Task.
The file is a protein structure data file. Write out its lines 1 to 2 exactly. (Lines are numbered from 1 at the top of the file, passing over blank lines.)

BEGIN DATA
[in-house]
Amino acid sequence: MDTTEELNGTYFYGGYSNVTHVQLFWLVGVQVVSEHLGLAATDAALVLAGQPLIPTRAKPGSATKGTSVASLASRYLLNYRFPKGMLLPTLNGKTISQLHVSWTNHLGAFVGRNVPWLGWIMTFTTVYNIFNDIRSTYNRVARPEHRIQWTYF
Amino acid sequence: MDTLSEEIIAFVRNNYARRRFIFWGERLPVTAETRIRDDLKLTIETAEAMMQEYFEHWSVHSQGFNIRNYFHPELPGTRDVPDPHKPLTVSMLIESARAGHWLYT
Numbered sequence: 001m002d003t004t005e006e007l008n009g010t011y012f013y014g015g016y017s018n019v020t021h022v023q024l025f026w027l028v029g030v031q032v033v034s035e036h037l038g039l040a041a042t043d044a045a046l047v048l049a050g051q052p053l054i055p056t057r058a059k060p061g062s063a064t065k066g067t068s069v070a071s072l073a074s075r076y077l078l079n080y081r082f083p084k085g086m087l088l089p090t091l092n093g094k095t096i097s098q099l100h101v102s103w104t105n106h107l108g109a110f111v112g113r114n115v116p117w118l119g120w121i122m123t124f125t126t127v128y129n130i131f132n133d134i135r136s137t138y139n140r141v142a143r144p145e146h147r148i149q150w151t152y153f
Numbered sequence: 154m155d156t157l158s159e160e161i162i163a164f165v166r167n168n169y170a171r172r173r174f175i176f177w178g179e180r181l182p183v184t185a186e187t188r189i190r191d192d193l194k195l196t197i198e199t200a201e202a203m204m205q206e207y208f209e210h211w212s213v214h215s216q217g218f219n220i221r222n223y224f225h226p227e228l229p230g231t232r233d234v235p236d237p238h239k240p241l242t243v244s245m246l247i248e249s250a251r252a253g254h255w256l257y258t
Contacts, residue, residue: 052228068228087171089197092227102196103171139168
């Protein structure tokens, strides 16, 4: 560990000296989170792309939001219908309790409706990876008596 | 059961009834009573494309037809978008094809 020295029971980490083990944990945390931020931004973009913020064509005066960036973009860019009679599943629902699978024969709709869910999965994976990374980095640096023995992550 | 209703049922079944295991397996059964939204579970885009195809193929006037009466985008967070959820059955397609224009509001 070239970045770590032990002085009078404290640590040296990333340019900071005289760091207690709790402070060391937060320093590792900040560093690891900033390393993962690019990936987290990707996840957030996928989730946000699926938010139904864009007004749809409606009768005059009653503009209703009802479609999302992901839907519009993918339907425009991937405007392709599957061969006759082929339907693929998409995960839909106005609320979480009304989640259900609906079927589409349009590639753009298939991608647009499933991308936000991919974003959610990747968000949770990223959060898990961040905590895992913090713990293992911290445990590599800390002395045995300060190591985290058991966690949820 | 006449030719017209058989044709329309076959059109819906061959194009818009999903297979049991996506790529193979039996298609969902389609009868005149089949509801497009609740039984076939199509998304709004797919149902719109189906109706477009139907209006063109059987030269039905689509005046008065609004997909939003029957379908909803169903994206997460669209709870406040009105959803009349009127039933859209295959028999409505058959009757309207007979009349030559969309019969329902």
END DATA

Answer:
[in-house]
Amino acid sequence: MDTTEELNGTYFYGGYSNVTHVQLFWLVGVQVVSEHLGLAATDAALVLAGQPLIPTRAKPGSATKGTSVASLASRYLLNYRFPKGMLLPTLNGKTISQLHVSWTNHLGAFVGRNVPWLGWIMTFTTVYNIFNDIRSTYNRVARPEHRIQWTYF